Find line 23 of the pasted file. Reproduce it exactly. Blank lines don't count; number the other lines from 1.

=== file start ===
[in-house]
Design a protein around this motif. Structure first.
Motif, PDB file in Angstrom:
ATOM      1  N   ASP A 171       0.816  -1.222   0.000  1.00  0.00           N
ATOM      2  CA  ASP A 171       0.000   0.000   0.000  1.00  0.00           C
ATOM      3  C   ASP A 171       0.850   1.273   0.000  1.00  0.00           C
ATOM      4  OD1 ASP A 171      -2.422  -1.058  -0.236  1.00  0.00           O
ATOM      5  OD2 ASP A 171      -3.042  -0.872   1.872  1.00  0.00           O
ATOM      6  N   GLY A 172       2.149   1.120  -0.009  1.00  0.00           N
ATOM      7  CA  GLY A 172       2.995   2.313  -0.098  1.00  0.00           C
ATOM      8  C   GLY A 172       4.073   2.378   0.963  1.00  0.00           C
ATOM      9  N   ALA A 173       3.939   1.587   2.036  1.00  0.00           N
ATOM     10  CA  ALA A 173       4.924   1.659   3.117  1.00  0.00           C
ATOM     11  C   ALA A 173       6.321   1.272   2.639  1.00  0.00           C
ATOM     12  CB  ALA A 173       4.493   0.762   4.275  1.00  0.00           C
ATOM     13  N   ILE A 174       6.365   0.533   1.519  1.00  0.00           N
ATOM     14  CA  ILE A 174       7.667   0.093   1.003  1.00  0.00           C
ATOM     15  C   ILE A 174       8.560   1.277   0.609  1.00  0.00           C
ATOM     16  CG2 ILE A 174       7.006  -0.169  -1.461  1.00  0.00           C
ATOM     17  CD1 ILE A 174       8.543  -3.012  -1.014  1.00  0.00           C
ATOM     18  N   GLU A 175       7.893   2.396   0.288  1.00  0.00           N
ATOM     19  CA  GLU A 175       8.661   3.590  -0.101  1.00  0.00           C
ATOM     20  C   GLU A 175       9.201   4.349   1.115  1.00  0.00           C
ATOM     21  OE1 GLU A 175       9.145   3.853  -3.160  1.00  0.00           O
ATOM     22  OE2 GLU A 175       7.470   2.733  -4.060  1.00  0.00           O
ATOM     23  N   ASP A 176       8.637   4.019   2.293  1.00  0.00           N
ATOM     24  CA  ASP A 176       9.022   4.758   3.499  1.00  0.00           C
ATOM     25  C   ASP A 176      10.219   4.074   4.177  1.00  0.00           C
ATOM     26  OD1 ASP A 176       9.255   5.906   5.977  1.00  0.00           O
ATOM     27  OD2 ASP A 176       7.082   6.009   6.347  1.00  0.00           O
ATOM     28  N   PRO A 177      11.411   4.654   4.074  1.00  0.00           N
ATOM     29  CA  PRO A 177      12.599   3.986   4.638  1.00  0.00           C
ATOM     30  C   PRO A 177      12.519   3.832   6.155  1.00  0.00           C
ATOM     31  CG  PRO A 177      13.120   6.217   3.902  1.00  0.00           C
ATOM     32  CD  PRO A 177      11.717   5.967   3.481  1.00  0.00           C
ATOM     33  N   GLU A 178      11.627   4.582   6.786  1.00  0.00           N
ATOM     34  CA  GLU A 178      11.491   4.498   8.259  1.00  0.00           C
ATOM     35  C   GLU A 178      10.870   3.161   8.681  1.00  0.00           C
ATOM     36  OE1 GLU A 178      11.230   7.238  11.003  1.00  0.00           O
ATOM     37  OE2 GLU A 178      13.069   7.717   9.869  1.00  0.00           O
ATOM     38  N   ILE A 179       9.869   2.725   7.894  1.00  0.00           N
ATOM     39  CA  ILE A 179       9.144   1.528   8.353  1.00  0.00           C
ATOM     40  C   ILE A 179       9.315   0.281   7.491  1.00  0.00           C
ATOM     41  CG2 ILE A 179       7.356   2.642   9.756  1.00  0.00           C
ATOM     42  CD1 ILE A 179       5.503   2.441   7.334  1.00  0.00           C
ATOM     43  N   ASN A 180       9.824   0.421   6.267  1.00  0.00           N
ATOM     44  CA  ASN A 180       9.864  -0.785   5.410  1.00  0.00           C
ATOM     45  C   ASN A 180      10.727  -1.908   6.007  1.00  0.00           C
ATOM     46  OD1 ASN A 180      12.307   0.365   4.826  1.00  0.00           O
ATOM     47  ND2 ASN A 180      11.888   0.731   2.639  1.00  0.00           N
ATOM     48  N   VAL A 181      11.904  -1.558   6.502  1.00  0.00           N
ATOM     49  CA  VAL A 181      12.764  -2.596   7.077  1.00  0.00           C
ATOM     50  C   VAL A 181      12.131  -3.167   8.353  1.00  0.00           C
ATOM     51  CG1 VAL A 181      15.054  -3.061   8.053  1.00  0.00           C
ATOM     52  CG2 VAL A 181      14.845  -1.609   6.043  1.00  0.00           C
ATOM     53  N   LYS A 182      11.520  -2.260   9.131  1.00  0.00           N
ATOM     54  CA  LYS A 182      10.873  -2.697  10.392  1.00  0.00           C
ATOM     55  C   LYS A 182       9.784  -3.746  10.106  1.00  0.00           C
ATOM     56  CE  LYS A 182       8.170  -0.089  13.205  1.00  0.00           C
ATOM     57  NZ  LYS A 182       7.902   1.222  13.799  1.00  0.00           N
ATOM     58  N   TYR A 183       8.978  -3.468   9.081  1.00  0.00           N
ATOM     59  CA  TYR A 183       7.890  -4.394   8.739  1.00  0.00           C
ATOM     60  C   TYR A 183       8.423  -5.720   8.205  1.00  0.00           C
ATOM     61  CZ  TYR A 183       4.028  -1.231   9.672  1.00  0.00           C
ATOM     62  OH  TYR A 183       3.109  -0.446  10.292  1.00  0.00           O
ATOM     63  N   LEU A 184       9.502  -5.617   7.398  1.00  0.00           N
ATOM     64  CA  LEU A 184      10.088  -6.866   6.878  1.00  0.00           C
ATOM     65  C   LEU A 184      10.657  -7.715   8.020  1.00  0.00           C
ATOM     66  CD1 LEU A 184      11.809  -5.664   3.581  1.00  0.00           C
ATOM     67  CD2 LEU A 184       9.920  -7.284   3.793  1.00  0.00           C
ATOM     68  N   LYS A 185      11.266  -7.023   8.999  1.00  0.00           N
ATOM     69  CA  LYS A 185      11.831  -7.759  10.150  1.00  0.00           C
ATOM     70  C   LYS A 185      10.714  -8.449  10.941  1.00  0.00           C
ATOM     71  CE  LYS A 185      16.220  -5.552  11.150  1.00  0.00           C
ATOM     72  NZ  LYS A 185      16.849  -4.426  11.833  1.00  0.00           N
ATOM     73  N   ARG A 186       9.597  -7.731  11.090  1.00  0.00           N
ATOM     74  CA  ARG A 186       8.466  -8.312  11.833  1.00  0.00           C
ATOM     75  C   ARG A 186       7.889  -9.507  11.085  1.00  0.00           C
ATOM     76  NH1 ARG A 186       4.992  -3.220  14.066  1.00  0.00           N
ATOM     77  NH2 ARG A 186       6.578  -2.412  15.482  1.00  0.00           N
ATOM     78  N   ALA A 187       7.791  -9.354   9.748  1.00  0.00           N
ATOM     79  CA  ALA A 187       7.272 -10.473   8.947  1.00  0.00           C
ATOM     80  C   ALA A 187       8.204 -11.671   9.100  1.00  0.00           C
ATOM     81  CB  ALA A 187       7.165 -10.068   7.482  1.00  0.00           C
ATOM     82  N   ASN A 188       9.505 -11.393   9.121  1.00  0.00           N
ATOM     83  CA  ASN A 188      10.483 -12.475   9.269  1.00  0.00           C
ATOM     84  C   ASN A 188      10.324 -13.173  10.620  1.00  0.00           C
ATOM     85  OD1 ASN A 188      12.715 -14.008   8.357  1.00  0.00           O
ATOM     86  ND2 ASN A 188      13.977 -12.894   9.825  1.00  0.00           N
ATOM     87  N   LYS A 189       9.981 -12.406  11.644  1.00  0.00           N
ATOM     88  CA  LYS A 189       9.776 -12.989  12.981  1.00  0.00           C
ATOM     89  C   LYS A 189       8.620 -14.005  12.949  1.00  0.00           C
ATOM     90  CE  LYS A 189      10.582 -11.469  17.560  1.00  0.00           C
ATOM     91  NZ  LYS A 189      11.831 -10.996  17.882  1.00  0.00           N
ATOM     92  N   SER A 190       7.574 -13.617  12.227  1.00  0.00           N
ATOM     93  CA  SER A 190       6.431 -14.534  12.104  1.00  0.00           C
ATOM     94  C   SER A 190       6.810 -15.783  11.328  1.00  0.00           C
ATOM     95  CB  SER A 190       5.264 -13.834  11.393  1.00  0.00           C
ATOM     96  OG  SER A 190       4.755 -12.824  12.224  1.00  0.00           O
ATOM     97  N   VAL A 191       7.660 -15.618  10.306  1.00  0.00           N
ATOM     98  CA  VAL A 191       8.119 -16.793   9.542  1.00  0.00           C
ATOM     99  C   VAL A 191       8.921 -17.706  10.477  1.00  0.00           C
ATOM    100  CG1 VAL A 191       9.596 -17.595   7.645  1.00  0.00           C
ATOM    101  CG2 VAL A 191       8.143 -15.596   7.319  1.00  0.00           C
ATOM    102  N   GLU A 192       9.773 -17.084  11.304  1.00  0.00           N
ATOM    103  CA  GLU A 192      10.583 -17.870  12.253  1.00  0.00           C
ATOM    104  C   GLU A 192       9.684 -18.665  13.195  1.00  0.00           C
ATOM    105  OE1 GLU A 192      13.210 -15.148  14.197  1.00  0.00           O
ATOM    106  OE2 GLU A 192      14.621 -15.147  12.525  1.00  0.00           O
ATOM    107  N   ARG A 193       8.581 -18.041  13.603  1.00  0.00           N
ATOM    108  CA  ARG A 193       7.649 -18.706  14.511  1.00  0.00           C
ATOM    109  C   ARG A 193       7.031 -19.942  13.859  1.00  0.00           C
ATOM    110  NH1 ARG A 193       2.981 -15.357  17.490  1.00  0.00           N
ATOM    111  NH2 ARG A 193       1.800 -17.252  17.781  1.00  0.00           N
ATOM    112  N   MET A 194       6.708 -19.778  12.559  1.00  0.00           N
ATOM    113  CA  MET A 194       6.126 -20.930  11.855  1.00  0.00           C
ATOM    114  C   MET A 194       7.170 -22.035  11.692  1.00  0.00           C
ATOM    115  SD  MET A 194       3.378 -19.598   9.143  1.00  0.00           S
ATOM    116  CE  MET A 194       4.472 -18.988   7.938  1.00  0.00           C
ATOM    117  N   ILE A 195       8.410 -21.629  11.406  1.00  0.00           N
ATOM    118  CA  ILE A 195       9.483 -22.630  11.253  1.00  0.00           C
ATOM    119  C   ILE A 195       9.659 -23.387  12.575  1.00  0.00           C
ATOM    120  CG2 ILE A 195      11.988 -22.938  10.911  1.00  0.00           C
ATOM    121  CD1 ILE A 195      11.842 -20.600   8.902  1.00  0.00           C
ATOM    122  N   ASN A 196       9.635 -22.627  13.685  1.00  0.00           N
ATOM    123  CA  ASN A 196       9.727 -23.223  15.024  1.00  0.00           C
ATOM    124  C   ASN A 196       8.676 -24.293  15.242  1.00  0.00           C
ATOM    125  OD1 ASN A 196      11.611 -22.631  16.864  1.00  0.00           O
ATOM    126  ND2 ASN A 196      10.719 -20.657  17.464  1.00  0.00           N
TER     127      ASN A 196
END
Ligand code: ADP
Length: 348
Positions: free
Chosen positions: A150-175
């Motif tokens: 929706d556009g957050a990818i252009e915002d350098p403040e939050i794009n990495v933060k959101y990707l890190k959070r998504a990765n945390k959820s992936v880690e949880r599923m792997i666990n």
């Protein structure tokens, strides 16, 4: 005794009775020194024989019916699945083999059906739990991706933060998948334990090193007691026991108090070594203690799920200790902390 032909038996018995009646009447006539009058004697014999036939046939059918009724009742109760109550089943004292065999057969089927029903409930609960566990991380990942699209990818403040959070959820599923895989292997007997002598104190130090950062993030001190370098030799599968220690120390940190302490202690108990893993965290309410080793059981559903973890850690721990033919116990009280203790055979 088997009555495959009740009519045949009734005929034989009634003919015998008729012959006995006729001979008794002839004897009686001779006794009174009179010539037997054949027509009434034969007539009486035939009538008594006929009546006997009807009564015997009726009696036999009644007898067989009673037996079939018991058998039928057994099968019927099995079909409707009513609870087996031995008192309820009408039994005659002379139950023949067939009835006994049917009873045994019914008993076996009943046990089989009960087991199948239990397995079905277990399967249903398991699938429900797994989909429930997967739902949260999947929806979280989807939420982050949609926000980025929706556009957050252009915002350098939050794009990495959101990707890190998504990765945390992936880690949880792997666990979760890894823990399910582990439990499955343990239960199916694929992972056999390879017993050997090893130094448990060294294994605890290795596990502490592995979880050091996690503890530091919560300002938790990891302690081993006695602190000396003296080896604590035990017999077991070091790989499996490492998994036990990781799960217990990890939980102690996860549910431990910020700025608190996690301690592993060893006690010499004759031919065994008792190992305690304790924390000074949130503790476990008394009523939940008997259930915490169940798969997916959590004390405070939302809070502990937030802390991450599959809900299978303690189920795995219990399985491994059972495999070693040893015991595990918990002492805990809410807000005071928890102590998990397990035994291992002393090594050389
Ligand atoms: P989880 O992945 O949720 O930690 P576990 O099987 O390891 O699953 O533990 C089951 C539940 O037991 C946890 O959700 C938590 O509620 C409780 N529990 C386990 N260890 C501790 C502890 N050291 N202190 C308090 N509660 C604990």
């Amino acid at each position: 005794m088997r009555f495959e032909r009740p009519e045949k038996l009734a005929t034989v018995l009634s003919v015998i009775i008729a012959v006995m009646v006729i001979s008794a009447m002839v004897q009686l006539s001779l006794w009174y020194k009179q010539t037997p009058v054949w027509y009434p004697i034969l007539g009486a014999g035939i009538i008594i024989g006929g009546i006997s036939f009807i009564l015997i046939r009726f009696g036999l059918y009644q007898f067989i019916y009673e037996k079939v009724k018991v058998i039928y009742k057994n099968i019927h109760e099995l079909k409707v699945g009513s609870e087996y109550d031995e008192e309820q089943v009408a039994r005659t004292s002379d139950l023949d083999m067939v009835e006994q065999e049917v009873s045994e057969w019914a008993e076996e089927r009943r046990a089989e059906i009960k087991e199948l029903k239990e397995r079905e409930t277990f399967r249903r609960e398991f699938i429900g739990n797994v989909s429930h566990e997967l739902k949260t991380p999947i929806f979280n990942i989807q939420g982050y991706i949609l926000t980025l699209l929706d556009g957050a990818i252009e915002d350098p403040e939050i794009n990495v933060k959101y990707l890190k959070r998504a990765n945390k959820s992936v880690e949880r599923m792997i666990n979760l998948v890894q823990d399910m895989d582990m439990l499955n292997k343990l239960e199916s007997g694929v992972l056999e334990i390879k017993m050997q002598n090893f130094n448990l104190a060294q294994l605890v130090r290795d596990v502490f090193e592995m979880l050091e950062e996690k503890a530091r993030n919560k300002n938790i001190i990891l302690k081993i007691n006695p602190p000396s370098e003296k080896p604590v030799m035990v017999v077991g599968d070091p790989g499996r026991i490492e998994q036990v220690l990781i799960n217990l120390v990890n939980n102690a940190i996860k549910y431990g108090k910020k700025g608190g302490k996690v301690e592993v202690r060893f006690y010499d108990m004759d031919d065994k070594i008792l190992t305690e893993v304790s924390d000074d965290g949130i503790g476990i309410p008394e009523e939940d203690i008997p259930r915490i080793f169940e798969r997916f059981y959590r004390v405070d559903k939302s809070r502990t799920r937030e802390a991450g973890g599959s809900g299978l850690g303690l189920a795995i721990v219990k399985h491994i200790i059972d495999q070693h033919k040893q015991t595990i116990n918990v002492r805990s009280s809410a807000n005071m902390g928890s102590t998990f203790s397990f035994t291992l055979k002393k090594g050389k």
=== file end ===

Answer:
ATOM     20  C   GLU A 175       9.201   4.349   1.115  1.00  0.00           C